Lanterns are draped across the old colonial city’s streets and a Chinese opera is playing out on a stage directly facing another on which a Chinese Britney Spears belts out a ballad. It is hard to hear either performance but the girls in their elaborate makeup look like dolls.
We try our hand at calligraphy at a workshop- a respected art of the Chinese people- and draw the mandarin symbol for dragon- the lucky animal for this year. We hold it up with pride and an older man rips it out of our hands. “Dragon!” he says with triumph. He is as proud as we are. Another does the same. They smile and pat us on the back.
Stumbling into what appears to be an old bike shop we find a Chinese Ray Charles who throws his head back, closes his eyes and laughs a hearty laugh when we try to coax him into playing us a tune on an instrument that looks like some kind of accordion. A crowd gradually grows and huddles around.
We slip out and wander down the food street, raiding the stalls with our appetites, trying the many different dishes- including a bread roll filled with shredded pork...deep fried.
It is getting late and the crowds are dispersing, but one stall seems to be drawing people like moths to a light. I head over and have a peek at the attraction. This is when I met Mr Wee.
“Where you come from?”
“Ahhh, are you a kangaroo”
“I can be whatever you want me to be Mr Wee.”
Mr Wee entertains the crowd by making small inventions from recycled materials like milk bottles, beer cans, wire, old car belts. He makes me a puzzle out of wire.
“I’m going to make you something that you take back to Australia- it is a puzzle that needs much discipline and when you solve it everything else will fall into place.”
He gives me what appears to be a mangled pile of the green wire with one part of it shaped like a love heart.
“You must allow the heart to escape,” Mr Wee tells me with a mysterious look in his eye like he.
“Now what do you say- you say thank you teacher,” he says before erupting into a song about a coconut.
I am still working on that puzzle.
- Book some accommodation before you turn up in town as it gets quite full around this time of year.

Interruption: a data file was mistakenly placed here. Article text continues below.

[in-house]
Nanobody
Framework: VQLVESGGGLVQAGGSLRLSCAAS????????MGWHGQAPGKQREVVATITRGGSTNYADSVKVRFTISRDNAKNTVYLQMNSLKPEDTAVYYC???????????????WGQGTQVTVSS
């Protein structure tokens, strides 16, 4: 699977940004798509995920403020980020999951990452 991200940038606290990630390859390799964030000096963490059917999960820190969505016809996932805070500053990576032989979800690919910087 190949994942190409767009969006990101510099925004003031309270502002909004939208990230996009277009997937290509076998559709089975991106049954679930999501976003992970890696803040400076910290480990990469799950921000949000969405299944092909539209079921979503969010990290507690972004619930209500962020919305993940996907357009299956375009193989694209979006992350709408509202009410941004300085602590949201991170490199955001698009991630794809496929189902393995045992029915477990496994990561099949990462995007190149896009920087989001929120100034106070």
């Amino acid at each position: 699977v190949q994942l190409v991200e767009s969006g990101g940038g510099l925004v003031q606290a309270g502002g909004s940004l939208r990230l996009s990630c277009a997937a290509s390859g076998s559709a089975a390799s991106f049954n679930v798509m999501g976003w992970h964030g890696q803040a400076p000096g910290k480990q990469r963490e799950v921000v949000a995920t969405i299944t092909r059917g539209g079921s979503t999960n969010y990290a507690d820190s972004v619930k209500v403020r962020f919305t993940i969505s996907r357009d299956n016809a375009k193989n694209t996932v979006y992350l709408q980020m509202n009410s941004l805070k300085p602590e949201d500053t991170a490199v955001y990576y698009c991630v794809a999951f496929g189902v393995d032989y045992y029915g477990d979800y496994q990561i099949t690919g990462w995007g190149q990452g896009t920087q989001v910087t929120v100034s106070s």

- Be on the lookout for open houses – where families invite you into their homes and offer you something to eat. It is very common around the new year as charity brings good luck for the superstitious Chinese.
- Penang’s New Year’s celebrations occur a week after the new year begins.
- Old Penang guesthouse on the renowned street Love Lane provides the best value dorm beds in town.
Location: Kota Bahru, cultural hub of Malaysia.
When travelling, I often treat tour guides like I used to treat the training wheels on my bike as a child - “I’m a big boy, I can do it on my own!” But in some instances a local guide can give you an insight that independence misses out on.
In a ramshackled shack just outside of Kota Bahru in Malaysia's far north is a ramshackled man...making kites. No ordinary kites however. These have bamboo frames and are glued together with sticky rice- the staple building materials of this man’s age. With his leg propped up on a chair the man uses a rusty scalpel to cut a pattern into thick paper that will become part of a small kite; small compared to the others that fill the room like giant butterflies.
Our guide Azeem tells us that he has been at this art for over 40 years and is one of the few surviving traditional kite craftsmen. Kites used to be a big deal in Malaysia.
“It is sad that young people do not value this anymore. These kites are what the Malay youth used to occupy their time with - modern games killed kite makers,” Azeem tells us. A byproduct of the rapid industrialisation of Asia.